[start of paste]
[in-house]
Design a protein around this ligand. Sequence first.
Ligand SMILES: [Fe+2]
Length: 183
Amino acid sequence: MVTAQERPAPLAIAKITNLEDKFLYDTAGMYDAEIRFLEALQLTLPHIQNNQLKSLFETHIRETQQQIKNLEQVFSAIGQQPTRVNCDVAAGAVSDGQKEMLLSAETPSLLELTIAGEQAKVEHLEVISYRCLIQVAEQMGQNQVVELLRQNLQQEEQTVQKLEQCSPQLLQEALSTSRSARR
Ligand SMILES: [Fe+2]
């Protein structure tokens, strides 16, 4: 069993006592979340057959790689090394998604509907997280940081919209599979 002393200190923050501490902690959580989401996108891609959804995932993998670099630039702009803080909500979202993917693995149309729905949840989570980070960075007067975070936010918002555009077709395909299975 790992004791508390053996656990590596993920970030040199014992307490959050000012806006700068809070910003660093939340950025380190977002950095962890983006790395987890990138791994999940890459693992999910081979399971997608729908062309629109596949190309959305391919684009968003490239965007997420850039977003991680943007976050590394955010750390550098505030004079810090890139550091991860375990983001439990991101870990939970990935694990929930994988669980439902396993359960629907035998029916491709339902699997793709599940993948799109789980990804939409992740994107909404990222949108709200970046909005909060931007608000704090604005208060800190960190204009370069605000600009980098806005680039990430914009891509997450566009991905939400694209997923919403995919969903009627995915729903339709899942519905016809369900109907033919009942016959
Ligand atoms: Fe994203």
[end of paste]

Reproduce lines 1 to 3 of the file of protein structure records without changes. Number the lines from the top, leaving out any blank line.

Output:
[in-house]
Design a protein around this ligand. Sequence first.
Ligand SMILES: [Fe+2]